Meet the team leading the fight against crime on the East Marsh

When it comes to policing the East Marsh of Grimsby, Humberside Police know that you want them to prioritise tackling drug-related crime, antisocial behaviour and shop theft.

And that’s exactly what their crack team of dedicated Community Beat Managers are focusing on.

From raiding houses that they suspect are being used to deal drugs to teaming up with the council’s Young and Safe Team to tackle antisocial behaviour, they have been doing lots of work in and around the area.

To help them set priorities, PC Nicola Lynn, PC Daniel Steel, PC Andrea Russell, PC Ruby Rayner (pictured left to right with Cllr Steve Beasant and Cllr Kay Rudd), PC Becky Dawson and the wider team have been knocking on doors across the area as part of the Humber Talking initiative.

The aim was to hear directly from you about what’s good about where you live, what’s not so good and what the issues are that you would like focus on.

One of the biggest concerns was around drug-related crime – both drug dealers operating in the area and users stealing to fund their habit or behaving antisocially.

As a result of recent warrants in the area police have recovered drugs and weapons – and they will continue to take action.

PC Rayner said: “We have listened to your concerns and gathered further information and the evidence we needed to act. Dealing with these kind of offences is always a priority for us because we know the impact it has for people living and working nearby and we’re committed to finding and dealing with those who are responsible. I want to thank everyone who has spoken out about what’s happening in your area and my appeal to you is to keep that information coming. If you see anything you’re concerned about, lots of people coming and going from an address or evidence that people are using drugs, we want to hear from you.”

Recently we introduced you to PC Dawson (pictured), whose focus is on reducing reports of shop theft and antisocial behaviour in the Freeman Street area – much of which is also linked to drug use. Find out more about her plans and ongoing work.

And that’s not the only area of the East Marsh where dealing with antisocial behaviour is a top priority.

Team effort

PC Lynn said: “We’ve been listening to your feedback about young people being involved in antisocial behaviour across the area, including around Grant Thorald Park. We also have a great relationship with our local councillors who pass on information they hear when they’re speaking to their constituents. Again, we know the significant impact that antisocial behaviour can have on people’s day to day lives, so dealing with it is important to us. We have been using your information, as well as the intelligence we gather while we’re out on patrol, to get out to the areas where young people are gathering with the council’s Young and Safe Team. We’re then working with these groups to try and stop any future issues before they arise, pointing them in the direction of activities and groups they can get involved with. We’re also making them aware of how behaviour they might consider harmless fun can really impact on people who are vulnerable, to try and get them to think before they act. If that’s not enough and young people continue to cause problems, then there are other steps we can take, including things like dispersal orders and Criminal Behaviour Orders, which give us the power to put them before the courts. We also work with parents and carers to ensure they know what their children are doing and their responsibilities in dealing with any issues.”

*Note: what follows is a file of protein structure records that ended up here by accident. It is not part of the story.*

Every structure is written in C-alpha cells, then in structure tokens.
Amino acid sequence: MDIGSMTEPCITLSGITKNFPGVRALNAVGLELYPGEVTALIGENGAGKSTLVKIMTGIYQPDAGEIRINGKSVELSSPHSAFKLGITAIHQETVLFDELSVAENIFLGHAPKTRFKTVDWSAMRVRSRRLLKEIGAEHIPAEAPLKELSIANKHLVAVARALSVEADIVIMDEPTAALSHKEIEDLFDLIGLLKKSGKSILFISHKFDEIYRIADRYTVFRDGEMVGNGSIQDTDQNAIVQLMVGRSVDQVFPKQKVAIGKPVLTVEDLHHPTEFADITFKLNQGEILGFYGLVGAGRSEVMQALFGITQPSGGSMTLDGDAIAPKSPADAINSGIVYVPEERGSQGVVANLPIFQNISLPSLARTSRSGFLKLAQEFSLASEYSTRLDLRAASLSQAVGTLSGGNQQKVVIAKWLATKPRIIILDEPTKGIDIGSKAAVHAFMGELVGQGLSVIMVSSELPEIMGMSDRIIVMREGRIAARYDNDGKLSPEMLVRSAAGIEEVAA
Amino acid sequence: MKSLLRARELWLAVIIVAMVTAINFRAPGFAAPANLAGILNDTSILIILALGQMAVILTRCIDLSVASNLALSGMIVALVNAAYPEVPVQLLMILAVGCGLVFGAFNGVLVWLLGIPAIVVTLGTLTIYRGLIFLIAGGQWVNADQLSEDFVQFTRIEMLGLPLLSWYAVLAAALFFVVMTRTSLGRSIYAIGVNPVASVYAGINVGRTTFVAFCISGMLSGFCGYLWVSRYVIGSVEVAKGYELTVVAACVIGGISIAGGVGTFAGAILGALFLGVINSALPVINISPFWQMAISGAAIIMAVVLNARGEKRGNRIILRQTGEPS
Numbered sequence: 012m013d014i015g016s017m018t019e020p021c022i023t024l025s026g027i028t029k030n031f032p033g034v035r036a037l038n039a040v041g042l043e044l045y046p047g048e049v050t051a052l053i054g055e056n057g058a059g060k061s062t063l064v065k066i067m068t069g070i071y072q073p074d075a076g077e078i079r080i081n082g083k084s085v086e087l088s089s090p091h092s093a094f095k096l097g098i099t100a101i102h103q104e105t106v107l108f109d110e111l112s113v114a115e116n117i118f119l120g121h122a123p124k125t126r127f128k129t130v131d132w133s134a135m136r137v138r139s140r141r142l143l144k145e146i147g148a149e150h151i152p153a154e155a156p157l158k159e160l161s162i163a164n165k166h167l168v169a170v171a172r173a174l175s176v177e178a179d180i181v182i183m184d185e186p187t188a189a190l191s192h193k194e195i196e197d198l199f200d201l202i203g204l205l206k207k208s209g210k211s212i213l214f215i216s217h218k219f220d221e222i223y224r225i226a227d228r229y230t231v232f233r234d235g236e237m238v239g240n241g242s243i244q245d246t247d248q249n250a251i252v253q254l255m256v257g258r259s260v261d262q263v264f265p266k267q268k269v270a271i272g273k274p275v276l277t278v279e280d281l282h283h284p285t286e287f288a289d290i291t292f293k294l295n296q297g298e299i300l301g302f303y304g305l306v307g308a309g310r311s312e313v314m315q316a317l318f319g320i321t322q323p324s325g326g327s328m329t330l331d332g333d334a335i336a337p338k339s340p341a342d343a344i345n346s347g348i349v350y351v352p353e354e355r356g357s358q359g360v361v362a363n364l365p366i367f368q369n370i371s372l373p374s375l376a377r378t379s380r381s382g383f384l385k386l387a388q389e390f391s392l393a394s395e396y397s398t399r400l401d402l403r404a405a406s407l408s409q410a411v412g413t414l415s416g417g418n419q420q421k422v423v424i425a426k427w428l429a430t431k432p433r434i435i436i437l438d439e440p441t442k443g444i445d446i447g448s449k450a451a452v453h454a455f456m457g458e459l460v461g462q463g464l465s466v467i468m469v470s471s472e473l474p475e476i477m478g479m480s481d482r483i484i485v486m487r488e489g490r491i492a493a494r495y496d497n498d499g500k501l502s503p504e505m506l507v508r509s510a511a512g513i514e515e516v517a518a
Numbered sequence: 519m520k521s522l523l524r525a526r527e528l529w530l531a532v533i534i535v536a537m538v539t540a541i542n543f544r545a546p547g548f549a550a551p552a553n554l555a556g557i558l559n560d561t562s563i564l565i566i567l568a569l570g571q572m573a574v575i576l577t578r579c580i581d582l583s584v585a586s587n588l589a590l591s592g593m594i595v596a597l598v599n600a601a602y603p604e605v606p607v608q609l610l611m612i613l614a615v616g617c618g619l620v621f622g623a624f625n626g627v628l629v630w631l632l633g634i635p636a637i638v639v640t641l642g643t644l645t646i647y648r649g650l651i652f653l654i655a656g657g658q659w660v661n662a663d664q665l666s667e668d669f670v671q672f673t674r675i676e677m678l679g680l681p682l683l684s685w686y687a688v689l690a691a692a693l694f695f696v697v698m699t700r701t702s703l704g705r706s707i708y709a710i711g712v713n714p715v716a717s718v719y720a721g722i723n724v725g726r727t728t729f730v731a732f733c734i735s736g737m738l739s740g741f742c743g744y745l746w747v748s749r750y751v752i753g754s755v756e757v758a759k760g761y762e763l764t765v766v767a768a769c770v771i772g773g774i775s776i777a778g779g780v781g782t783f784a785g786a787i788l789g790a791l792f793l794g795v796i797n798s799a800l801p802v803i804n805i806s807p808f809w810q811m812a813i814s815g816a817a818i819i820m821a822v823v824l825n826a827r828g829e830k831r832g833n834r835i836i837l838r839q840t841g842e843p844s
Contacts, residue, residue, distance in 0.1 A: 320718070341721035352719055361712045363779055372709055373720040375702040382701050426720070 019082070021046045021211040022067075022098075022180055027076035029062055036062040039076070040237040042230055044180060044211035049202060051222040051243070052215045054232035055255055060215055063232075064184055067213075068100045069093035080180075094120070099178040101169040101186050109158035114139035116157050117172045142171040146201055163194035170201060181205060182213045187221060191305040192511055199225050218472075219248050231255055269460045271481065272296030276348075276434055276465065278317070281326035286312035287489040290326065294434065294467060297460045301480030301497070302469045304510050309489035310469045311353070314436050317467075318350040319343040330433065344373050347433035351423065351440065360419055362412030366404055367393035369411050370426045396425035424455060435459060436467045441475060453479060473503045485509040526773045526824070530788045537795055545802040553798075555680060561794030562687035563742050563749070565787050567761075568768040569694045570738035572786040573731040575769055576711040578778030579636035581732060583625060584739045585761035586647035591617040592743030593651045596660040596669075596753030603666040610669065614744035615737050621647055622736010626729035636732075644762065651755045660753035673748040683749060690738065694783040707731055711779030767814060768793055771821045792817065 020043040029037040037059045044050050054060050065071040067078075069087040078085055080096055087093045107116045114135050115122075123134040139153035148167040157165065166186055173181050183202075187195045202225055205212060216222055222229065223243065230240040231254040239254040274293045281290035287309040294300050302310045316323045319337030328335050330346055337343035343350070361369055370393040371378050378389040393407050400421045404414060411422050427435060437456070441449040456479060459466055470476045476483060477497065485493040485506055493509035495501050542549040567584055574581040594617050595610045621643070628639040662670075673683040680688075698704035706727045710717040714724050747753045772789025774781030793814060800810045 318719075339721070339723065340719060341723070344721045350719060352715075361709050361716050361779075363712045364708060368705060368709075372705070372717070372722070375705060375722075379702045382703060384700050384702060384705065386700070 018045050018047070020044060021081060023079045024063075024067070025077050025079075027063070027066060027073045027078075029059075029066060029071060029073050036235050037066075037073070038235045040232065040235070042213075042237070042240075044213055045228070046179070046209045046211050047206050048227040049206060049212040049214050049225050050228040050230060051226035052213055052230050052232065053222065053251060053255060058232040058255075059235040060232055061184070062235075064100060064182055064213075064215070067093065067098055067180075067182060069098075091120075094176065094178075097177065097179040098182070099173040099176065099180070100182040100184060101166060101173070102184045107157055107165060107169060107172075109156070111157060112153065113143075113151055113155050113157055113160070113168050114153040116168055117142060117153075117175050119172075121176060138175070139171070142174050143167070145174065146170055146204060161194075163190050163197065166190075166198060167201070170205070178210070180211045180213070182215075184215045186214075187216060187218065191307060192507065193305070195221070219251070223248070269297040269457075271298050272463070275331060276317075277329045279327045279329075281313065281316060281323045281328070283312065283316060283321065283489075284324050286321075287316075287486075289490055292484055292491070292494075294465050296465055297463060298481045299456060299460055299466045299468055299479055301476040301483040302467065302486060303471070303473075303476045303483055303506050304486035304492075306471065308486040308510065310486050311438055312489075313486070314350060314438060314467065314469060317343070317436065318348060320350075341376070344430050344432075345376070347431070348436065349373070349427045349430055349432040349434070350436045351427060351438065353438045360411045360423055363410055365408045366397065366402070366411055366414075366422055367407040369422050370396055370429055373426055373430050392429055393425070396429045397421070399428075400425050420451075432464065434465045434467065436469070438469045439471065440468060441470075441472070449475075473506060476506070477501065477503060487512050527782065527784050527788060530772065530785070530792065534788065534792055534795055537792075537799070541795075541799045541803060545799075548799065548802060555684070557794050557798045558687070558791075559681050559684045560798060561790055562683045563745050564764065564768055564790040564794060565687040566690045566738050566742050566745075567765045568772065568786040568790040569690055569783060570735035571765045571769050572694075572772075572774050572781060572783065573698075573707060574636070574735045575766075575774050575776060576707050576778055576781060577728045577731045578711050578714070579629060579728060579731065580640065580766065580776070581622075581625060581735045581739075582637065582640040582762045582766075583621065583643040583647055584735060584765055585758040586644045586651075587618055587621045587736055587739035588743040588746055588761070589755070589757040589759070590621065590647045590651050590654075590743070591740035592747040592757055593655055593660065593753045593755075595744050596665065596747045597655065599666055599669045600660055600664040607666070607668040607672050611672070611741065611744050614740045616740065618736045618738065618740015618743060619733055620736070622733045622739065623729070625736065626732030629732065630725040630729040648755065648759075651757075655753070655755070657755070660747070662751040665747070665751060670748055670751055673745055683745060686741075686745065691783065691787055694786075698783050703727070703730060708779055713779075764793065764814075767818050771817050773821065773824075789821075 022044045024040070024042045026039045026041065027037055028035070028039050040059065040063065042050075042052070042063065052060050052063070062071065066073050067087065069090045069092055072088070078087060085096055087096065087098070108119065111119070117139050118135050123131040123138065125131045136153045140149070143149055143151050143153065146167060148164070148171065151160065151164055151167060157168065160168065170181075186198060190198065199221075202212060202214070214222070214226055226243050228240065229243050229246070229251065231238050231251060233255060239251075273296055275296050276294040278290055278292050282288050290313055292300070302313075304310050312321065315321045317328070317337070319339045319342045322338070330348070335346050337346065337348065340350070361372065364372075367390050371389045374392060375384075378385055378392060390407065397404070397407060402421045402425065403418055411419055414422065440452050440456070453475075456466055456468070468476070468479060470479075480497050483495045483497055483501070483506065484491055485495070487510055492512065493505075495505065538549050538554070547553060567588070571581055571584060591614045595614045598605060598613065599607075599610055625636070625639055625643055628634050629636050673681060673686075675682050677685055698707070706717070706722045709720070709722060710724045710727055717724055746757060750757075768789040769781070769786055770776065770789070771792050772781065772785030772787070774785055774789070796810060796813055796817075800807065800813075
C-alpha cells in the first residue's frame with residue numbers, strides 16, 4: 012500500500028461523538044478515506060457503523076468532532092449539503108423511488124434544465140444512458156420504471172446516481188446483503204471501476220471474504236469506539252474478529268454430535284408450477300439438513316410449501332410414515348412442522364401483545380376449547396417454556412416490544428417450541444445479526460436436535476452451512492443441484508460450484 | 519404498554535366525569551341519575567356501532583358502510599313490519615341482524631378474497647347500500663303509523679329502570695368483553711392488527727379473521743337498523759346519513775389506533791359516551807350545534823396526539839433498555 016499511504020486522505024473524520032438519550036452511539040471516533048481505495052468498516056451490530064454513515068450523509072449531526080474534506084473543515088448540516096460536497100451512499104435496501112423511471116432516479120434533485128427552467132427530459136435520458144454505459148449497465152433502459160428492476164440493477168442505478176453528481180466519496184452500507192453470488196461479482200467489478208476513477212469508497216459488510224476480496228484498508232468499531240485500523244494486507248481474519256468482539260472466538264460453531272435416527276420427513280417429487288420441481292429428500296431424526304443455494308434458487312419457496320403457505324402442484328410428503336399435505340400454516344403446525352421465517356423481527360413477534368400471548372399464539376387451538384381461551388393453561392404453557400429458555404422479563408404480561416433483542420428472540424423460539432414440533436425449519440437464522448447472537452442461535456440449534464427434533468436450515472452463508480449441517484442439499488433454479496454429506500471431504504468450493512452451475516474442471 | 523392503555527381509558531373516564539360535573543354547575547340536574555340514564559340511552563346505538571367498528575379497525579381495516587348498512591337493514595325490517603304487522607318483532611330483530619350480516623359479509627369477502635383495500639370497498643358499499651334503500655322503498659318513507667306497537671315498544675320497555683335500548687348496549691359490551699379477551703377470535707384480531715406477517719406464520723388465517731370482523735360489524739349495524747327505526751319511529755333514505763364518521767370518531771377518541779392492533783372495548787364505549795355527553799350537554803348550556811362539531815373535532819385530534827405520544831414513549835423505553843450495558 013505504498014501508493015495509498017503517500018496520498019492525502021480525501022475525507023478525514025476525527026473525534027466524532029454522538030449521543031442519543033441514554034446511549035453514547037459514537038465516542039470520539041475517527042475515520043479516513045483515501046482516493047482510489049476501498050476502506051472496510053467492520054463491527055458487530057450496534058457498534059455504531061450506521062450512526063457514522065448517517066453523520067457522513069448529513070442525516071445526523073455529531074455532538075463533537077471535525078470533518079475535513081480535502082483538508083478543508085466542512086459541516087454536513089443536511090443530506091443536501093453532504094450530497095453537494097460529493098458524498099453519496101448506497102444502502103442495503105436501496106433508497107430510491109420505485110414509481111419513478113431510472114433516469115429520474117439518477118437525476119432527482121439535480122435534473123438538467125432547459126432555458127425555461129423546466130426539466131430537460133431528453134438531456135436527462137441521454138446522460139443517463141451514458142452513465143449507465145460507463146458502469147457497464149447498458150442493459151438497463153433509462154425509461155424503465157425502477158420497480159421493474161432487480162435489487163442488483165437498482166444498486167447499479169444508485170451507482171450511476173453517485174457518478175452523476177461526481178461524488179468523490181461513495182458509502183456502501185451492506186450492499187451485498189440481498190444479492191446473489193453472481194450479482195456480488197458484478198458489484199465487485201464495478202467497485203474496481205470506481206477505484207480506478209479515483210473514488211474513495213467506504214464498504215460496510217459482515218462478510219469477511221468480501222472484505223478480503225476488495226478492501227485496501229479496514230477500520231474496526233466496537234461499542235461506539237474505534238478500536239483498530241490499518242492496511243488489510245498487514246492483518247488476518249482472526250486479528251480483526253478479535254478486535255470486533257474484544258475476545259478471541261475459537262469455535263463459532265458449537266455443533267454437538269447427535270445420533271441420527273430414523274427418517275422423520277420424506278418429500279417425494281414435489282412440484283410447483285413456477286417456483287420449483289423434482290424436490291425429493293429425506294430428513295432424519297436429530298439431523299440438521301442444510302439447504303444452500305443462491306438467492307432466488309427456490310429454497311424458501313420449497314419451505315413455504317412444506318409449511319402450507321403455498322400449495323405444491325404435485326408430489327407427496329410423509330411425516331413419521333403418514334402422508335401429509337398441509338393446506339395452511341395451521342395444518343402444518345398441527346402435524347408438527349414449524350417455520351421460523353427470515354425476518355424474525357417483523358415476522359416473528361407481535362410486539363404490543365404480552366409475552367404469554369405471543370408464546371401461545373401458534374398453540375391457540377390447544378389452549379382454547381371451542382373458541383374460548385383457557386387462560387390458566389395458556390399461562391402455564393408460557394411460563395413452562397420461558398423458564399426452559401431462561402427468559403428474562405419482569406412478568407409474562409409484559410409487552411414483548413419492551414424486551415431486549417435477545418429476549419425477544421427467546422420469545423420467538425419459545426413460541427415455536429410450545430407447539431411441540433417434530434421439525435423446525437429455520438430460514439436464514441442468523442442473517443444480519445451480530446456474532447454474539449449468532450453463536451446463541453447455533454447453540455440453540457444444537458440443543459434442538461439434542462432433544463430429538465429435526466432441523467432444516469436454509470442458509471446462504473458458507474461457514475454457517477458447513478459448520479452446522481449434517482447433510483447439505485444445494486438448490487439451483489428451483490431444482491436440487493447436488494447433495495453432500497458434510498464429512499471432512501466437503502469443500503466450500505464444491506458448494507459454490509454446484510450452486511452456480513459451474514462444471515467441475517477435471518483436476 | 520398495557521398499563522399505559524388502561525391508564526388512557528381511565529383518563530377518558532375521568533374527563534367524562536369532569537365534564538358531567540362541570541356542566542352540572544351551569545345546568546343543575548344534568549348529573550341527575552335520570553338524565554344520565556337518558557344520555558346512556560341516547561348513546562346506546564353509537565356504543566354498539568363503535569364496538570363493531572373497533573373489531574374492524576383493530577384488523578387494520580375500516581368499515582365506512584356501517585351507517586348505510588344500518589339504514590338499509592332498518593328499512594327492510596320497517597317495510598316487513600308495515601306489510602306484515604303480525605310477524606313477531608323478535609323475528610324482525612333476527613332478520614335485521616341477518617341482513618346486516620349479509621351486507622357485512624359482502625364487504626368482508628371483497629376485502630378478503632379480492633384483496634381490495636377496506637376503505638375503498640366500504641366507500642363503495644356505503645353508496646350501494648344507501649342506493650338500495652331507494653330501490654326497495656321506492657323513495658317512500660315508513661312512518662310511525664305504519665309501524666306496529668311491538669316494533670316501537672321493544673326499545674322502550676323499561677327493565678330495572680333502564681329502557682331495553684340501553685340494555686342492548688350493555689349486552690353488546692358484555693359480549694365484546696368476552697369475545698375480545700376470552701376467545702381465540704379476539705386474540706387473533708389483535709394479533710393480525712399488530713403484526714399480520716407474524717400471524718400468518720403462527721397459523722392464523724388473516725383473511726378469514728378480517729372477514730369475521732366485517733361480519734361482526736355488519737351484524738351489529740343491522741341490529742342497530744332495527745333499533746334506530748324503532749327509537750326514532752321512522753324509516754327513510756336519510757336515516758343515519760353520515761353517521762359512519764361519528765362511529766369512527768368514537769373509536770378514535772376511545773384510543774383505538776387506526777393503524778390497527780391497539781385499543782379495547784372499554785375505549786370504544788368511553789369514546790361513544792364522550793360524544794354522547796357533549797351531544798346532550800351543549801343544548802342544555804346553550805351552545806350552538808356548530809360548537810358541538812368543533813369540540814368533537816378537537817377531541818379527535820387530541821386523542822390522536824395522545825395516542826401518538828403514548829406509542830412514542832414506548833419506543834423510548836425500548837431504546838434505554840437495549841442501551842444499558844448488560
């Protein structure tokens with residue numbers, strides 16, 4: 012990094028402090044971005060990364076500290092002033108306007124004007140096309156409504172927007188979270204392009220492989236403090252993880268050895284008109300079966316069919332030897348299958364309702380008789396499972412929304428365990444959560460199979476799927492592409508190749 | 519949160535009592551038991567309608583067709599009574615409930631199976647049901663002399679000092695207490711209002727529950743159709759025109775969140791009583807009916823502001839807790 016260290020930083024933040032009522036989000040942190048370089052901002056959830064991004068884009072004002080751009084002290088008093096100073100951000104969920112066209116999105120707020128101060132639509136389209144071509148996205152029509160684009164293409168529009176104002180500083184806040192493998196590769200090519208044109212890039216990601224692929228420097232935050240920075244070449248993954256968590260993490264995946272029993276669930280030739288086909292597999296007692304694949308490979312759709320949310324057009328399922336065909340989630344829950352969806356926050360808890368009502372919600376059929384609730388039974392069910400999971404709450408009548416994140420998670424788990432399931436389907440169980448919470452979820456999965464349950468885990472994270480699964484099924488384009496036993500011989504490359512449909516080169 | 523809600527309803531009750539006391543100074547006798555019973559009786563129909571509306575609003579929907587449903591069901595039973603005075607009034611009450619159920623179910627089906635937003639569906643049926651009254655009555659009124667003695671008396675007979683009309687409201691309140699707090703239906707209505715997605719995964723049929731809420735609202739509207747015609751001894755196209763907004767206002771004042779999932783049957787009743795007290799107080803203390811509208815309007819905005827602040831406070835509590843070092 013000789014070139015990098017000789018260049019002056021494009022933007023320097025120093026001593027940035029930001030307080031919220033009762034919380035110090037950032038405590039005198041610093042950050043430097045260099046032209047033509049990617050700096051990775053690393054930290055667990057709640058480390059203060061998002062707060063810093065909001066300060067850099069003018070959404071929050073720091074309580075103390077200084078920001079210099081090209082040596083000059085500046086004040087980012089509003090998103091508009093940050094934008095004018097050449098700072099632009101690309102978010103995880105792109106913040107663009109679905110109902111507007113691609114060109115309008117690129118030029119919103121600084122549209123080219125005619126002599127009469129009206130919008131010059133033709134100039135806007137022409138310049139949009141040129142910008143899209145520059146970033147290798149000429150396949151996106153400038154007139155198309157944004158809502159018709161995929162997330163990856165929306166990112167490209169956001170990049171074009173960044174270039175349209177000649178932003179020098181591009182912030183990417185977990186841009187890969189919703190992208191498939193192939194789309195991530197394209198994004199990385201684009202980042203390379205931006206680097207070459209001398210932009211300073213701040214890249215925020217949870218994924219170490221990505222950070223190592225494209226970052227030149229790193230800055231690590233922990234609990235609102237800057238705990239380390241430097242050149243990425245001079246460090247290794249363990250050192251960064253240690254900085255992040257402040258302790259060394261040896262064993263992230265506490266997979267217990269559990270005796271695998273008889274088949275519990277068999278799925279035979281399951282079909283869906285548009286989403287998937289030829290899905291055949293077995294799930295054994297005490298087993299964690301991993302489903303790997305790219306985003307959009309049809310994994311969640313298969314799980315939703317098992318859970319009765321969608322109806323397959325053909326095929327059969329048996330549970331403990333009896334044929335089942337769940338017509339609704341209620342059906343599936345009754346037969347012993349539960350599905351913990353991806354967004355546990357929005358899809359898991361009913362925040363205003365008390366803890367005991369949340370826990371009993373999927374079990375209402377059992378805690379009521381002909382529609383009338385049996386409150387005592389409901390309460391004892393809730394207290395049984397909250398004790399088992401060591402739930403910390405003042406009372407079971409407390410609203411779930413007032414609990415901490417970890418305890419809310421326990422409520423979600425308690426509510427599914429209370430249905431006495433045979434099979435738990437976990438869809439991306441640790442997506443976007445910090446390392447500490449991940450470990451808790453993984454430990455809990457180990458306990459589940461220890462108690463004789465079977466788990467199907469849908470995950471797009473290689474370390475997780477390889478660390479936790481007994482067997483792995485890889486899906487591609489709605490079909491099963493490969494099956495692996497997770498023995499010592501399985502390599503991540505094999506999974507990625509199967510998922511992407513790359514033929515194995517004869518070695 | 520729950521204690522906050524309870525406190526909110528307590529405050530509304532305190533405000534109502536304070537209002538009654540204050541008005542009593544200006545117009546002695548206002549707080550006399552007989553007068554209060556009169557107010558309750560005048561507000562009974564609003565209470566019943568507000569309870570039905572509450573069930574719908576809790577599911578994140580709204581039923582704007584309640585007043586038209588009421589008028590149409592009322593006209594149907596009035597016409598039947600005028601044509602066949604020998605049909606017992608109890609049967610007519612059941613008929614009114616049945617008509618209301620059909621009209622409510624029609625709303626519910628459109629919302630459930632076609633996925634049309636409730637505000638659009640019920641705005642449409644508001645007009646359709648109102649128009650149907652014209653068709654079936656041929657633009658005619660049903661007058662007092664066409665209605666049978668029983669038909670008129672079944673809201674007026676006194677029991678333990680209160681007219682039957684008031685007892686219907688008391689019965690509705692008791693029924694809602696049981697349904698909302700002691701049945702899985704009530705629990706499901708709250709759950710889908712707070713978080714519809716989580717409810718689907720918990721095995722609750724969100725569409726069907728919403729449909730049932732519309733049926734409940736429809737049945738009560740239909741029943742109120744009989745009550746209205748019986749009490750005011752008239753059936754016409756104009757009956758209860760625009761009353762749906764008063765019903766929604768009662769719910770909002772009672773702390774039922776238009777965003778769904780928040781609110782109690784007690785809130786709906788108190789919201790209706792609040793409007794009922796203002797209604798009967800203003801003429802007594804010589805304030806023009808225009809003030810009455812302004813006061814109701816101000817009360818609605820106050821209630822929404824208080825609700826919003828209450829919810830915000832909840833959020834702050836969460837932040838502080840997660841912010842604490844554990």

Supporting the vulnerable

Working to identify and support the most vulnerable in our communities is a project which PC Russell is leading on for the team.

She said: “It’s often the most vulnerable people who are targeted by criminals or worst affected by issues in an area, so by finding out who these individuals and families are and what we and other agencies can do to support them, we can have a significant impact on their wellbeing and that of the the wider community. When we find someone who may need that support, we assess their needs and work with other agencies to get them what they need.”

PC Steel added: “A big part of this work is about ensuring people are safe from criminals or others who may wish to exploit them.

“This can range from people being exploited at work to county lines gangs looking to recruit young people to deal drugs for them or take over the home of someone with an addiction or mental health issues to use as a base for their operations.

“We know that dealing with some of these issues isn’t something that can happen overnight or be solved by policing alone, but we’re determined to play our role in finding a long term solution.

“What matters to us is ensuring that everyone who lives and works in our area is safe and that they know we’re here for them if they need us.”

You can find out more about what’s happening in the area by visiting the team’s page on Humberside Police website.

If you have concerns about anything happening in the area, speak to one of the team when they’re out and about or call the non-emergency 101 line. If you’d rather remain anonymous, call Crimestoppers on 0800 555111.

If anyone is in immediate danger, always call 999.

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